Wednesday, 15 June 2011

TDSAT blames govt for DTH portability delay

In what may come as a surprise, it is the government and not the private DTH operators which is responsible for the lack of interoperability among the various DTH set-top boxes.
Further, thanks to inaction on the part of the government and the regulator, private DTH firms have continued to violate the licensing conditions over the past eight years.
Taking a critical note of the Union government’s functioning in the broadcast sector, the Telecom Disputes Settlement and Appellate Tribunal (TDSAT) has said that due to lack of active policy initiatives by both the information and broadcasting ministry and the sector regulator — Telecom Regulatory Authority of India (Trai) — millions of DTH consumers today have no choice but to become slaves of their respective DTH service providers.

Besides, all operators have been allowed to violate the DTH licensing conditions.
The tribunal has given 180 days to the government to clear its stand and take corrective action. Out of these 180 days, Trai will get 120 days to make fresh recommendations and the I&B ministry 60 days to act on them.
“It must be held that the government has allowed breach of licence conditions to take place,” TDSAT said in its judgment in a case filed by a Chennai-based NGO against the Union government over non-interoperability among the DTH boxes.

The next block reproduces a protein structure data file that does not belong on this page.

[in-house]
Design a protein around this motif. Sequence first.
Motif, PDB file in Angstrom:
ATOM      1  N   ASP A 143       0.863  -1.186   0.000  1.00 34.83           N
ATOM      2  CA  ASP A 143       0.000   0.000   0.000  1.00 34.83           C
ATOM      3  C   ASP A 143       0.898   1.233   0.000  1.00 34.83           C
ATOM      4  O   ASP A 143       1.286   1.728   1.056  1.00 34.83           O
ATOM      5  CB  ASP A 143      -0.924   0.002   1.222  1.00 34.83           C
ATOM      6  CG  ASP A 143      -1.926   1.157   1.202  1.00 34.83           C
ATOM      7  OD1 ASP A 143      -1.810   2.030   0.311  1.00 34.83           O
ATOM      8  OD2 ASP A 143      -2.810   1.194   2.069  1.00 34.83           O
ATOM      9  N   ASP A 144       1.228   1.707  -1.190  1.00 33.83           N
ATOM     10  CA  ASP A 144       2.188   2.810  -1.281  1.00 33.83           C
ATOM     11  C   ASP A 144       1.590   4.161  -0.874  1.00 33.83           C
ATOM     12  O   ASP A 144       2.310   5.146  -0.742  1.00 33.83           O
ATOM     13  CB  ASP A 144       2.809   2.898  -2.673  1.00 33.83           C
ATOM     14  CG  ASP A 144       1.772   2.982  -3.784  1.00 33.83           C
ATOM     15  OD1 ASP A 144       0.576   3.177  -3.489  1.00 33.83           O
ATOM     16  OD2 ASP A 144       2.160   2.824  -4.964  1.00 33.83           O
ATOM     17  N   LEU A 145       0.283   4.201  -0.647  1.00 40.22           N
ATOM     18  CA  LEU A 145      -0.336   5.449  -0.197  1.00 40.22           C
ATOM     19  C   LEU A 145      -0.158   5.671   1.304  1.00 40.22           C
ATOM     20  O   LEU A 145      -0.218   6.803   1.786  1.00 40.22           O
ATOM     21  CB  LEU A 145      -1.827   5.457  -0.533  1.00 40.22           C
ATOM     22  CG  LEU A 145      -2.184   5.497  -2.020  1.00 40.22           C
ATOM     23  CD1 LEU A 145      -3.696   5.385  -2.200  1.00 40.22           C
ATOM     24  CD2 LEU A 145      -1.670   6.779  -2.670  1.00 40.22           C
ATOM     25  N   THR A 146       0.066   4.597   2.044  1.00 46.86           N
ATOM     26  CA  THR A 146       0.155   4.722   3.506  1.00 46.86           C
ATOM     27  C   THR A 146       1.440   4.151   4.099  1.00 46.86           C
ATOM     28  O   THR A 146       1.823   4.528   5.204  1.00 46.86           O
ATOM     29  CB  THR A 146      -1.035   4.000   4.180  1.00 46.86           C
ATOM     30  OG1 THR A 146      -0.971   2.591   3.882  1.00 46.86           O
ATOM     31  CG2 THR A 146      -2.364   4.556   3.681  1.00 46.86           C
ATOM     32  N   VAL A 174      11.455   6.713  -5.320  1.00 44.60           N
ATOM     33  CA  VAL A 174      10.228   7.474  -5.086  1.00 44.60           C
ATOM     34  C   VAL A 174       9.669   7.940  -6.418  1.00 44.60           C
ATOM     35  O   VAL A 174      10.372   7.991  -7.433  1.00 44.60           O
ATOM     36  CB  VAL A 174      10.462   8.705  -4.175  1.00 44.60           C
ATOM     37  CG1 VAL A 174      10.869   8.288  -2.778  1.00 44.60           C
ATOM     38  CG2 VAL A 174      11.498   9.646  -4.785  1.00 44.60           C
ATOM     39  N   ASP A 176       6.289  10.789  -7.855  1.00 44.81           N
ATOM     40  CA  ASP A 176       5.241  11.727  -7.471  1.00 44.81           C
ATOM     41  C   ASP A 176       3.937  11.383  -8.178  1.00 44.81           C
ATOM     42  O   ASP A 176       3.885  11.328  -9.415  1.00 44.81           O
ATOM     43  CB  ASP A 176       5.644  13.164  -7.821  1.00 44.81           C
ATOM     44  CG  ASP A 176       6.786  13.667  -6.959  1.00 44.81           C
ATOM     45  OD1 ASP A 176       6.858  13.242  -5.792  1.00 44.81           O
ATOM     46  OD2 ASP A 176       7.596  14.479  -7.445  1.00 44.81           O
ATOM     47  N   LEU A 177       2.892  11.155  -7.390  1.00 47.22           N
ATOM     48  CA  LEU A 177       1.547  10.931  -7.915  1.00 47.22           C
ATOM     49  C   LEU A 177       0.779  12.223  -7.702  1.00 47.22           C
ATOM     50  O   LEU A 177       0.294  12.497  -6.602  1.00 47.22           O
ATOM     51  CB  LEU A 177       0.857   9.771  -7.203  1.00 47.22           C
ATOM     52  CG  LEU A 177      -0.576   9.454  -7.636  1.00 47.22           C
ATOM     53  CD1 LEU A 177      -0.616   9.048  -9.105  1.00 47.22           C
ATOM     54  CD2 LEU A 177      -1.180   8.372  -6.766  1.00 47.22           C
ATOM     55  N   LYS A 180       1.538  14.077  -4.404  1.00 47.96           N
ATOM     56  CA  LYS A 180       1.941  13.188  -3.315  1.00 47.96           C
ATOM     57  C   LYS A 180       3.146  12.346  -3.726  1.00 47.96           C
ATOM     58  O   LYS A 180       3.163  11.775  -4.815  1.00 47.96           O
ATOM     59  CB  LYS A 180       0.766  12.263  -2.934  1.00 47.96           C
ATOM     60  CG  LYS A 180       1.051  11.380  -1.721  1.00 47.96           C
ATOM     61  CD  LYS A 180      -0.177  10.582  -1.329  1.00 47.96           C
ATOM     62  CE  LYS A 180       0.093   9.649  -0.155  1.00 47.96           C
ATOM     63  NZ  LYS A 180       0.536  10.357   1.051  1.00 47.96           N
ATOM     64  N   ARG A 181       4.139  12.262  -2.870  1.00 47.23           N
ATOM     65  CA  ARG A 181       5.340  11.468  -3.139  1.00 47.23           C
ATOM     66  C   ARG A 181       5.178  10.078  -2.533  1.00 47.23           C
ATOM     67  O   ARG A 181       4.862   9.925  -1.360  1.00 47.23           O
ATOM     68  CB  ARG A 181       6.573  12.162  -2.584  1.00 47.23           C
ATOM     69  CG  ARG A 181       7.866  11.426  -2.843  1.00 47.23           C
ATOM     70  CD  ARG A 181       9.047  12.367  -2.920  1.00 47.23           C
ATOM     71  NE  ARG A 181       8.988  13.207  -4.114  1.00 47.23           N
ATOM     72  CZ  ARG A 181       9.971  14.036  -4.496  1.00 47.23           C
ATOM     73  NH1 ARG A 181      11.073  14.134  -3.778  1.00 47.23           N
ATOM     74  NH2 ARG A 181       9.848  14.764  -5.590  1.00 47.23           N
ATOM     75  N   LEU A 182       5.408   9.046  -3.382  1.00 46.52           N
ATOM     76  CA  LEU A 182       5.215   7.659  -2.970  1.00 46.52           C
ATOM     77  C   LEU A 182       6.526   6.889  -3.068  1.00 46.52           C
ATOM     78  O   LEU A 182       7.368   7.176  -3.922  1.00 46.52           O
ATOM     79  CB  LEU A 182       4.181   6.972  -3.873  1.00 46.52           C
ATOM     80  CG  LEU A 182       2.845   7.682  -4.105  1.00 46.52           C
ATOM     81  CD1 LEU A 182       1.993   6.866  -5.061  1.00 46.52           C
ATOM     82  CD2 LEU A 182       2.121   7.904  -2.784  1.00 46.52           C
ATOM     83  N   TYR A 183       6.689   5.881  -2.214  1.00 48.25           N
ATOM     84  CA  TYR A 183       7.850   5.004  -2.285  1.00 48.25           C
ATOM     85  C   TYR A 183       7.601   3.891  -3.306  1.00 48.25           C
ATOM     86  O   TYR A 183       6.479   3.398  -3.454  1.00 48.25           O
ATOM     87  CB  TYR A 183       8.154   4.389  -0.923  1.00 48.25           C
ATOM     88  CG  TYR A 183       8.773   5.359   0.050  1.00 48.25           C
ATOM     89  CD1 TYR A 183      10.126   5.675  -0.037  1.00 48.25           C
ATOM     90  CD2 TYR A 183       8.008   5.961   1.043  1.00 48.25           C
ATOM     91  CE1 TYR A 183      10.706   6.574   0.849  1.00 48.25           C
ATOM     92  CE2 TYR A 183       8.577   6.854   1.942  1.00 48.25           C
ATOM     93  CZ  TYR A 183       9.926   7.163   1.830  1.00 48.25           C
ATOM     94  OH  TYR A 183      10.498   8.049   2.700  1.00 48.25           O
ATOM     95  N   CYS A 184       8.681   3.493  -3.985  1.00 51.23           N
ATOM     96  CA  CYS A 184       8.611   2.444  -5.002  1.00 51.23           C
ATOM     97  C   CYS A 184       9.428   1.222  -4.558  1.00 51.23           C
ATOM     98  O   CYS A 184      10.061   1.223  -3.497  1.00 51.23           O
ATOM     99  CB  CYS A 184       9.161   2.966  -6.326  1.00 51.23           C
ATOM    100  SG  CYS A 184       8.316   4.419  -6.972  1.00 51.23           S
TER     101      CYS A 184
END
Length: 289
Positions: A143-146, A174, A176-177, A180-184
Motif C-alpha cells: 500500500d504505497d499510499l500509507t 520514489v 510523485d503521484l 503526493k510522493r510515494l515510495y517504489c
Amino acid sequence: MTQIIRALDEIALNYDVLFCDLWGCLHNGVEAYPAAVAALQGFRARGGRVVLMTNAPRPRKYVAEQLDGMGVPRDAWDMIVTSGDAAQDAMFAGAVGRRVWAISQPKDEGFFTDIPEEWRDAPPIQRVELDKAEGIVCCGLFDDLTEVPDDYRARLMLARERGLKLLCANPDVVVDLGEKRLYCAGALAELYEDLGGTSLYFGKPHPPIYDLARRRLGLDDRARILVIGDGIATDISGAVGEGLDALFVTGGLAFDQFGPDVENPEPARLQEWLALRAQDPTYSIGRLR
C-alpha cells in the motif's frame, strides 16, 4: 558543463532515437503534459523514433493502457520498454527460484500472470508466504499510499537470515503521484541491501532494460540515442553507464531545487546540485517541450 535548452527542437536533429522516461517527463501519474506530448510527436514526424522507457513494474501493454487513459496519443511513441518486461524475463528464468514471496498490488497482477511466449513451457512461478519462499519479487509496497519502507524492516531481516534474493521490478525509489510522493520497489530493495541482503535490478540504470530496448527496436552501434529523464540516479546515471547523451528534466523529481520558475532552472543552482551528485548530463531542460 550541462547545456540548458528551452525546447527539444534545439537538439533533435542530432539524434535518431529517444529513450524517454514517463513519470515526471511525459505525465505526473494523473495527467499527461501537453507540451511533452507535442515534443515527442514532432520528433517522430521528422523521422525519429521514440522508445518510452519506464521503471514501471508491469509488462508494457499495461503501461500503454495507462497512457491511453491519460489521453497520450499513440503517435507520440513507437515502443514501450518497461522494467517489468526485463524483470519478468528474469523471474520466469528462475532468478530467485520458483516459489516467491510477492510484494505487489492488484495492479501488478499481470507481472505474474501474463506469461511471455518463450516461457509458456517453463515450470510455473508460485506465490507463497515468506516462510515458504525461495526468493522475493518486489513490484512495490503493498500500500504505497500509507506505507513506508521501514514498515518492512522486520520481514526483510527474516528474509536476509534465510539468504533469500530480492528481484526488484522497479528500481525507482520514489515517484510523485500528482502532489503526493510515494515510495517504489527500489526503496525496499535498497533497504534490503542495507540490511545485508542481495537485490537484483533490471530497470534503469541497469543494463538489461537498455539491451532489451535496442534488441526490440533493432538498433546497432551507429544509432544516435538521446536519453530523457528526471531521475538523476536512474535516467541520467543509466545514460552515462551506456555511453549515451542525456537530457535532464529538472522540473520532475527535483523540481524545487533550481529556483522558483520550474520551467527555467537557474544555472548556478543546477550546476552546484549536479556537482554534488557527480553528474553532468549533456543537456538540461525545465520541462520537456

TDSAT noted that the DTH licensing conditions made it mandatory for all DTH service providers to offer only those set-top boxes which were interoperable, both commercially and technically. However, as the DTH licensing conditions are only for MPEG-2 boxes (offered by Dish TV, Tata Sky and DD Direct Plus) and not for the MPEG-4 boxes (Airtel digital TV, Reliance Big TV, Sun Direct and Videocon D2H), both the I&B ministry and Trai did not act on them and allowed the violations of Clause 7.1 of the DTH licensing conditions.
In its recent judgment, TDSAT said: “It is a matter of concern that the government (I&B) took two years and four months to make its comments on the Trai recommendations on interoperability and then sent them back.”
Commenting on Trai’s role, it said: “It is difficult to comprehend that keeping in view the interest of the consumers, Trai had not been keeping a watch on the websites of the operators. The regulations having been made in this behalf as back as in 2007, it was expected that steps be taken for seeing that its recommendations are implemented. We are of the opinion that Trai should be asked to do so.”
The tribunal also observed that Trai did not keep a tab on the private DTH companies which failed to inform consumers that their boxes could be obtained in three ways – outright purchase, hire-purchase and rentals — and that consumers could return the boxes in case they wanted to change their DTH operator. Interoperability in DTH simply means that a consumer can access the services of any other DTH operator without changing his existing set-top box.
While the law mandates portability, in practice, none of the six private DTH firms have offered interoperable boxes to their 37 million-plus subscribers.


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